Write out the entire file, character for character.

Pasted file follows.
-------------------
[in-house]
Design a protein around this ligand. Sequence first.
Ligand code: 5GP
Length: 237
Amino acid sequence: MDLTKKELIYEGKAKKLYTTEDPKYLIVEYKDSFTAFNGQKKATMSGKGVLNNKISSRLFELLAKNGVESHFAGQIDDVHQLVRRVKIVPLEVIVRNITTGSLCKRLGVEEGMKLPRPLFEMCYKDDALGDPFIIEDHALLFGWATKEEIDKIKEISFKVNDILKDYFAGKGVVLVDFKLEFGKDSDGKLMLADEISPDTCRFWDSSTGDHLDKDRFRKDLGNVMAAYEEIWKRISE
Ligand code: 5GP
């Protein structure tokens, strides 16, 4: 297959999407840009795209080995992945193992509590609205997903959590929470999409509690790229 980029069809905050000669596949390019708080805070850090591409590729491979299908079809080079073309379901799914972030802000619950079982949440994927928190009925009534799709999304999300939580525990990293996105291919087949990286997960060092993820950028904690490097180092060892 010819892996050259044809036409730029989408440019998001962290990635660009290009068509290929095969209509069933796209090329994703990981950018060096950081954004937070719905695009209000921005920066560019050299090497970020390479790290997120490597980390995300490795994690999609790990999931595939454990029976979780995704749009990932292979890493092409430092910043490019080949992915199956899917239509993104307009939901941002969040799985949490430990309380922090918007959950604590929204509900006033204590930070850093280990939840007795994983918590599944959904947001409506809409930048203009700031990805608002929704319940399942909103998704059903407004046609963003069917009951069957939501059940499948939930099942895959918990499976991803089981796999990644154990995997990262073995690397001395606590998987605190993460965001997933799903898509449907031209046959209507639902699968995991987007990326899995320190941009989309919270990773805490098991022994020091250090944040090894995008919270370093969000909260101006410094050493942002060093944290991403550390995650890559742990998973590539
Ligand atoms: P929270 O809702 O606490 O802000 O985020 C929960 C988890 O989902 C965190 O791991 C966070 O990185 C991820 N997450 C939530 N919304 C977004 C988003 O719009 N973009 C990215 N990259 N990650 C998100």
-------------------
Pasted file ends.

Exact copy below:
[in-house]
Design a protein around this ligand. Sequence first.
Ligand code: 5GP
Length: 237
Amino acid sequence: MDLTKKELIYEGKAKKLYTTEDPKYLIVEYKDSFTAFNGQKKATMSGKGVLNNKISSRLFELLAKNGVESHFAGQIDDVHQLVRRVKIVPLEVIVRNITTGSLCKRLGVEEGMKLPRPLFEMCYKDDALGDPFIIEDHALLFGWATKEEIDKIKEISFKVNDILKDYFAGKGVVLVDFKLEFGKDSDGKLMLADEISPDTCRFWDSSTGDHLDKDRFRKDLGNVMAAYEEIWKRISE
Ligand code: 5GP
């Protein structure tokens, strides 16, 4: 297959999407840009795209080995992945193992509590609205997903959590929470999409509690790229 980029069809905050000669596949390019708080805070850090591409590729491979299908079809080079073309379901799914972030802000619950079982949440994927928190009925009534799709999304999300939580525990990293996105291919087949990286997960060092993820950028904690490097180092060892 010819892996050259044809036409730029989408440019998001962290990635660009290009068509290929095969209509069933796209090329994703990981950018060096950081954004937070719905695009209000921005920066560019050299090497970020390479790290997120490597980390995300490795994690999609790990999931595939454990029976979780995704749009990932292979890493092409430092910043490019080949992915199956899917239509993104307009939901941002969040799985949490430990309380922090918007959950604590929204509900006033204590930070850093280990939840007795994983918590599944959904947001409506809409930048203009700031990805608002929704319940399942909103998704059903407004046609963003069917009951069957939501059940499948939930099942895959918990499976991803089981796999990644154990995997990262073995690397001395606590998987605190993460965001997933799903898509449907031209046959209507639902699968995991987007990326899995320190941009989309919270990773805490098991022994020091250090944040090894995008919270370093969000909260101006410094050493942002060093944290991403550390995650890559742990998973590539
Ligand atoms: P929270 O809702 O606490 O802000 O985020 C929960 C988890 O989902 C965190 O791991 C966070 O990185 C991820 N997450 C939530 N919304 C977004 C988003 O719009 N973009 C990215 N990259 N990650 C998100």